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Protests in Poland: Women’s Rights are Wavering

Updated: Nov 5, 2020

Martha Davies reports on the tightening of abortion laws in Poland, whilst women’s rights are becoming increasingly restricted.

Photo by Zuza Galczynska

Poland’s top court has recently ruled against the legality of abortions in the case of foetal defects. The Council of Europe's commissioner for human rights has described this as a "sad day for women's rights". Since Poland’s abortion laws were already extremely strict, this ruling means abortion is now almost completely banned in the country.

Poland’s Constitutional Tribunal has decided that pregnancies cannot be terminated when the foetus is severely or even fatally malformed. Abortions will now only be permitted in cases of rape or incest, or when the mother’s life is in danger. Such a ruling effectively bans abortion, as almost all legal abortions in Poland were previously carried out on the grounds of foetal defects.

Though Poland is one of the most Catholic countries in Europe, polls suggested that the public did not strongly oppose previous abortion laws; instead, it was Bishops and lay Catholic groups putting constant pressure on the governing Law and Justice party (PiS) to make the laws even stricter. This was also met with contention, as around 100,000 people took to the streets in 2016 to protest against tighter abortion legislation. Yet, last year, the governing party and far-right MPs requested that the court come to a decision, leading to the devastating change announced at the end of October.

Activists and human rights groups alike expressed deep concern over the new legislation, with Amnesty International issuing a joint statement with The Center for Reproductive Rights and Human Rights declaring that independent monitors would be sent to Poland by both organisations to observe court proceedings. The statement emphasises that the tribunal took place “in the context of repeated government attacks on women’s rights and efforts to roll back reproductive rights”. It is estimated that between 80,000 and 120,000 Polish women seek abortions abroad every year; with laws on pregnancy termination now terrifyingly strict, this number is likely to increase, on top of the threat of dangerous illegal abortions.

Resistance Rises

Protests were staged early this year against the draft legislation, and in the wake of the final ruling, which the PiS leader Jaroslaw Kaczynski has stated cannot be reversed, fresh resistance has swelled. In Warsaw, thousands of people marched from the court to Kaczynski’s home to express their anger, resulting in riot police using pepper spray to break up the demonstrations. In several other cities, protestors have staged a ‘women’s strike’, gathering on the streets to challenge the government’s decision. Kaczynski has described the protests as an attempt to "destroy" Poland.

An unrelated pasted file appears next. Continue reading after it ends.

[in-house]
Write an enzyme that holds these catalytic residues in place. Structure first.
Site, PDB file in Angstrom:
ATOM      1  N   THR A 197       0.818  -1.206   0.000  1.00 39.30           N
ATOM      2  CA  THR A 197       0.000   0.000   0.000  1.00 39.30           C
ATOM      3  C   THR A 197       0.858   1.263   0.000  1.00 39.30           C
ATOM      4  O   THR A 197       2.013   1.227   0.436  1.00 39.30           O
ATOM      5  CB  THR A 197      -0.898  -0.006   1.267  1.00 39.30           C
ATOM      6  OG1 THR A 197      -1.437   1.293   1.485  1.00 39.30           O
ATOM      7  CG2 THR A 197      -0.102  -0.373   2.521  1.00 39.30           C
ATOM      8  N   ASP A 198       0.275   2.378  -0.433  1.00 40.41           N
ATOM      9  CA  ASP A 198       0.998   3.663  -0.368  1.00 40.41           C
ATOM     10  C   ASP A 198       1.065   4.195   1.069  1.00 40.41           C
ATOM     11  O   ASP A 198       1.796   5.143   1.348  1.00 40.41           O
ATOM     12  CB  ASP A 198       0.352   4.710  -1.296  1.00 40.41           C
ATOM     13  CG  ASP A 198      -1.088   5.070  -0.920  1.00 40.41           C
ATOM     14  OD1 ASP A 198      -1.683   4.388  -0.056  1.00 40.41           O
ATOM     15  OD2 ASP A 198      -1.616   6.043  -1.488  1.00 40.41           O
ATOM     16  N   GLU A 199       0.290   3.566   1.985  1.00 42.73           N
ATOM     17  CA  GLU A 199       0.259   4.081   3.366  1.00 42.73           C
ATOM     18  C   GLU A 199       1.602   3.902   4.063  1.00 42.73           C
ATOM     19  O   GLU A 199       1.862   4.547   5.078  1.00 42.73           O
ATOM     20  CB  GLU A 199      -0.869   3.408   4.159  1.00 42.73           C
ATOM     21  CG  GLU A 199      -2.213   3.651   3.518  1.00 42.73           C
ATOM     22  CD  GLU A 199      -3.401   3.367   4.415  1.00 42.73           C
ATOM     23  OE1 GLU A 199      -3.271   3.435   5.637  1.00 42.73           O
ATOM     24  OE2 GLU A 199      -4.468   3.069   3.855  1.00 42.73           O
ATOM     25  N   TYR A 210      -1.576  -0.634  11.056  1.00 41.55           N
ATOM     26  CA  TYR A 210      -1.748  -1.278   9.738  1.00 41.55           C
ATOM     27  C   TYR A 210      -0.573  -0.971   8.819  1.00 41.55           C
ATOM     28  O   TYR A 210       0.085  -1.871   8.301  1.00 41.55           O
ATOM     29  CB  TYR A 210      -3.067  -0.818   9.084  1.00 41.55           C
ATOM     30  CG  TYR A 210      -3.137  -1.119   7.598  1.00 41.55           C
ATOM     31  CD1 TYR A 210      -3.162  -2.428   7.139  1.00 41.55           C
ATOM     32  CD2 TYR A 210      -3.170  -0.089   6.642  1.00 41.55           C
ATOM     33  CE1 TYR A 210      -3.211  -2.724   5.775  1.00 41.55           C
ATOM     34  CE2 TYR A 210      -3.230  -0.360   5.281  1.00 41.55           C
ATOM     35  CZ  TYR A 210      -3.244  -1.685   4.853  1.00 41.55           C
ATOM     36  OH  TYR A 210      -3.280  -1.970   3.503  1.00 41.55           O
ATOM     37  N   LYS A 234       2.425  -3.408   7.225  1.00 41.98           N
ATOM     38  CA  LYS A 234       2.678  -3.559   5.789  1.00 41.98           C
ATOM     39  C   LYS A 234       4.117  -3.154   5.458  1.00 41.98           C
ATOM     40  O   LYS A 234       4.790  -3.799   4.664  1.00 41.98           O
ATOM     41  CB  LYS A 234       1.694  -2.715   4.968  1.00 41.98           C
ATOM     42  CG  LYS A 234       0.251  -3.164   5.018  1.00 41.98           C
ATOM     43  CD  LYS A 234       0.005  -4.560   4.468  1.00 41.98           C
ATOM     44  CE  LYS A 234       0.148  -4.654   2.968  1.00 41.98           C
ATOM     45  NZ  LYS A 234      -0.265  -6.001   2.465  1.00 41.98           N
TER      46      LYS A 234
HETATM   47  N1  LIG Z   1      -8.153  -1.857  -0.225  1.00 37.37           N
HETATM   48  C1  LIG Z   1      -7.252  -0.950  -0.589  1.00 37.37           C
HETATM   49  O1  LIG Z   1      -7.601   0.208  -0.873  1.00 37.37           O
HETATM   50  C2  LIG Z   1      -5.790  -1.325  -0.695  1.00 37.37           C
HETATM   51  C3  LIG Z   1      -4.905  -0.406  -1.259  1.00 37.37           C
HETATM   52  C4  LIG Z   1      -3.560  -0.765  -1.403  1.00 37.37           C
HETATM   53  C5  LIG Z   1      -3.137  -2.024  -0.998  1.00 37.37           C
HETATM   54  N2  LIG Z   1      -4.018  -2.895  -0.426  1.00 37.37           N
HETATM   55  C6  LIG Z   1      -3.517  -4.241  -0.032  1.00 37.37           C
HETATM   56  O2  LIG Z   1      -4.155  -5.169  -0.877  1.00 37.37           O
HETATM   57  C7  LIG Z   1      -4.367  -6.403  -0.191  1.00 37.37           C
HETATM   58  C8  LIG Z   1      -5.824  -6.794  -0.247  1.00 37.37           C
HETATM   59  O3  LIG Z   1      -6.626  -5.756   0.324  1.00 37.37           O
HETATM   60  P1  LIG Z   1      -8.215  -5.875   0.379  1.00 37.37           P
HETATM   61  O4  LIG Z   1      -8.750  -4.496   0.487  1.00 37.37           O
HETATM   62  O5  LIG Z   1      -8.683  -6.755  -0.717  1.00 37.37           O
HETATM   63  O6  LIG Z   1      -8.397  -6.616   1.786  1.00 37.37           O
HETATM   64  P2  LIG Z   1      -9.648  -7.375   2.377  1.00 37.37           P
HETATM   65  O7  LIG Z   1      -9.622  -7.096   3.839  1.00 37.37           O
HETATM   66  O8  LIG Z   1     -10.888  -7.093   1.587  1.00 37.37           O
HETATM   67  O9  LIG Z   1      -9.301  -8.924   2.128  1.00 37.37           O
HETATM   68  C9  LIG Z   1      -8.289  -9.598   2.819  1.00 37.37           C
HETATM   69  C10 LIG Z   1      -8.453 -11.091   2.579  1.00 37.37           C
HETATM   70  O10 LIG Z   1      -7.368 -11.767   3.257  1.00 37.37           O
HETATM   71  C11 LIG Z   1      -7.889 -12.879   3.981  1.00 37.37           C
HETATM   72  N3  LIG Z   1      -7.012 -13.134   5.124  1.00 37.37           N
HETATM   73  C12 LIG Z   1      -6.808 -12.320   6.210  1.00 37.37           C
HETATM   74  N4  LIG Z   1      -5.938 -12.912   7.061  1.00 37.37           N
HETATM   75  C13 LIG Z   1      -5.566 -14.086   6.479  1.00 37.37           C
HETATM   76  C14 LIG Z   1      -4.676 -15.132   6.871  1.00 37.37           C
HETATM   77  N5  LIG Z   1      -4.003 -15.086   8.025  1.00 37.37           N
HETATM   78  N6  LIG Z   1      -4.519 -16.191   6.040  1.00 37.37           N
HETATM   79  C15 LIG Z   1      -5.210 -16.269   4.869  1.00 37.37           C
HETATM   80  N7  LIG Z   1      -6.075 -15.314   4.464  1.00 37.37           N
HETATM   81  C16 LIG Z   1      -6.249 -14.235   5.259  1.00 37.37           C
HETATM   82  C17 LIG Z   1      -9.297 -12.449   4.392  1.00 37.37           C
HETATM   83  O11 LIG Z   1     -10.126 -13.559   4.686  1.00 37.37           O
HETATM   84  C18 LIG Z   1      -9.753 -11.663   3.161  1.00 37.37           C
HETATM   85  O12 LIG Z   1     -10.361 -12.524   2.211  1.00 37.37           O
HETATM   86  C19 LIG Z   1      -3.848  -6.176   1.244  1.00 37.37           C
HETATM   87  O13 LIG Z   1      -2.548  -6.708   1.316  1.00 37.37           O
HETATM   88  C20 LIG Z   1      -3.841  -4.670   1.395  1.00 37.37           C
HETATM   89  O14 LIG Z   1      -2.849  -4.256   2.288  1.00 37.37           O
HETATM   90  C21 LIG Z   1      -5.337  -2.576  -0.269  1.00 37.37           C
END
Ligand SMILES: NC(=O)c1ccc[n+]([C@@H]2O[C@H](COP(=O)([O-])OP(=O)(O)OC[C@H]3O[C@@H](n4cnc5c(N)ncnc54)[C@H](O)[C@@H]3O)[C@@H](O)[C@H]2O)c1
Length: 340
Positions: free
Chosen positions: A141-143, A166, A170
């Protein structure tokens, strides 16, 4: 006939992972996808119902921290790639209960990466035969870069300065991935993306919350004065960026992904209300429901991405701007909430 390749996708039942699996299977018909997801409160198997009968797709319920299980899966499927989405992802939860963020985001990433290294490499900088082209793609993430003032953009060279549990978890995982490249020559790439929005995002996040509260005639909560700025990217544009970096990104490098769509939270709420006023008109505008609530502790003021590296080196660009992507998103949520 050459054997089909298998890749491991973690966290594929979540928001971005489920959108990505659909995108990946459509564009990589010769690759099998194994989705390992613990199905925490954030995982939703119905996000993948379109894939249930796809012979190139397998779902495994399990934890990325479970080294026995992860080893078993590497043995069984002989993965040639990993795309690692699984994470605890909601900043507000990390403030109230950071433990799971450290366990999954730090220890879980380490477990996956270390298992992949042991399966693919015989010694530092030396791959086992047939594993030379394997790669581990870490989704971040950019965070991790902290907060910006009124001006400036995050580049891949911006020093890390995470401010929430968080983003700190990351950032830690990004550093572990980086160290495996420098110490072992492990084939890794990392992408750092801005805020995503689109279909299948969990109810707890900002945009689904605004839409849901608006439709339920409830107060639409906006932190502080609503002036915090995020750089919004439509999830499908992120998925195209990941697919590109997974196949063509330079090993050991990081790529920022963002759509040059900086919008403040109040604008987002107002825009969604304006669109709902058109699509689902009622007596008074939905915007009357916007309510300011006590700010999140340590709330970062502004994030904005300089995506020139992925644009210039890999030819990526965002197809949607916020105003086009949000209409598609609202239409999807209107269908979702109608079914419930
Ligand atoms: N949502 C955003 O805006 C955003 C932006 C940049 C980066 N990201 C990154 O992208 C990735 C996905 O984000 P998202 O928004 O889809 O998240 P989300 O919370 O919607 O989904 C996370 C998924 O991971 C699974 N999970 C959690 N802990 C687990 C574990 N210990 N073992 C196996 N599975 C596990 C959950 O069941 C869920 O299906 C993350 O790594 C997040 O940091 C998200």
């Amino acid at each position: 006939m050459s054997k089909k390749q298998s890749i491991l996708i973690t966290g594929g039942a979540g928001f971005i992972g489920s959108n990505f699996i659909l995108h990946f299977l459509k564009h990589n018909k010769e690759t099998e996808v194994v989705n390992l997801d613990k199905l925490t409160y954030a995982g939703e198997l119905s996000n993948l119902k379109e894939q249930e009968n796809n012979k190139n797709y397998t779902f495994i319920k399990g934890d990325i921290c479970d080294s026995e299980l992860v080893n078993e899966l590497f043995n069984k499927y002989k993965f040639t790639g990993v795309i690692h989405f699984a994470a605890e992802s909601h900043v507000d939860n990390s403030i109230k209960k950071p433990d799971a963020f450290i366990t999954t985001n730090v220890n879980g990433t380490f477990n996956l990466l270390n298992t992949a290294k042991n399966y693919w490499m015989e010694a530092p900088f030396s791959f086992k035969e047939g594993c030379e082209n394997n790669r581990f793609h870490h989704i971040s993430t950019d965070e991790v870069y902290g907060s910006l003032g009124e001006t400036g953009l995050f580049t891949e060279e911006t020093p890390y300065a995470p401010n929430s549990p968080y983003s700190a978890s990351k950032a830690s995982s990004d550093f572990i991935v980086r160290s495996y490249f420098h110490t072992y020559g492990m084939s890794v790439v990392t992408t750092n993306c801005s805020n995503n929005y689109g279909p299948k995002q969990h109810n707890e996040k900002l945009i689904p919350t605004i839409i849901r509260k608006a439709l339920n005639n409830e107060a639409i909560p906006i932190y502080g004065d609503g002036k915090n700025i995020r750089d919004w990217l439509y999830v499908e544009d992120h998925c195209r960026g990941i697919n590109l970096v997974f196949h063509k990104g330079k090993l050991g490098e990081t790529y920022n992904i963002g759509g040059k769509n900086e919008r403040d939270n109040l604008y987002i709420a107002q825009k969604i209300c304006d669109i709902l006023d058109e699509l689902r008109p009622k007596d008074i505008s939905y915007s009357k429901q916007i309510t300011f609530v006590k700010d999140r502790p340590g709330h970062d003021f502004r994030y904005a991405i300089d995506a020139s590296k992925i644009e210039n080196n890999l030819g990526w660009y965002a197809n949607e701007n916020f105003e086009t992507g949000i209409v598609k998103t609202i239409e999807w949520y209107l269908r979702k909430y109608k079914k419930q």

Turbulence has been brewing in Poland for some time over the country’s attempts to heavily restrict both women’s rights and human rights in general: in July, politicians began attempts to leave the Council of Europe Convention on Preventing and Combating Violence against Women and Domestic Violence. Known as the Istanbul Convention, the Convention involves protecting women and girls from abuse and aiding them in seeking justice, while also promoting education surrounding equality and conflict resolution.

Explaining the government’s decision to withdraw from the treaty, Polish Justice Minister Zbigniew Ziobro stated that it “contains elements of an ideological nature, which we consider harmful.” The country’s ruling party has continually promoted the idea of ‘traditional’ values in an attempt to delegitimise the rights of women, young people, and members of the LGBT+ community in Poland. The new abortion legislation is clearly yet another attempt to diminish the agency of women.

A Question of Human Rights

Though this recent ruling is a tragic blow, the safety of women and LGBT+ people in Poland has long since been fragile. Polish activist and European Parliament politician Sylwia Spurek has stated in an interview with The Parliament Magazine that, “the fundamental human rights of women and LGBT+ people in Poland have never been fully guaranteed, legally and in practice.”

Recent media attention may lead us to believe that far-right politics in the country is a sudden and overwhelming threat, but this has been a reality for far longer. “The lack of access to legal abortion, the lack of protection for women against domestic violence, hatred against LGBT+ people, the lack of equality in marriage, and the inability for same-sex couples to enter a registered partnership are not just problems from the last five years,” Spurek emphasises.

With this almost total ban on abortion, the future of women’s rights is made even bleaker. The ruling is a grave but unfortunately unsurprising move on the part of the Polish government, representing a regression within modern politics, and a step forward for the country’s alarming far-right agenda. We must put our faith in the power of human rights groups, activists, and our own voices to challenge such a detrimental decision.

Similar: Belarus: The End to ‘Europe’s Last Dictatorship?

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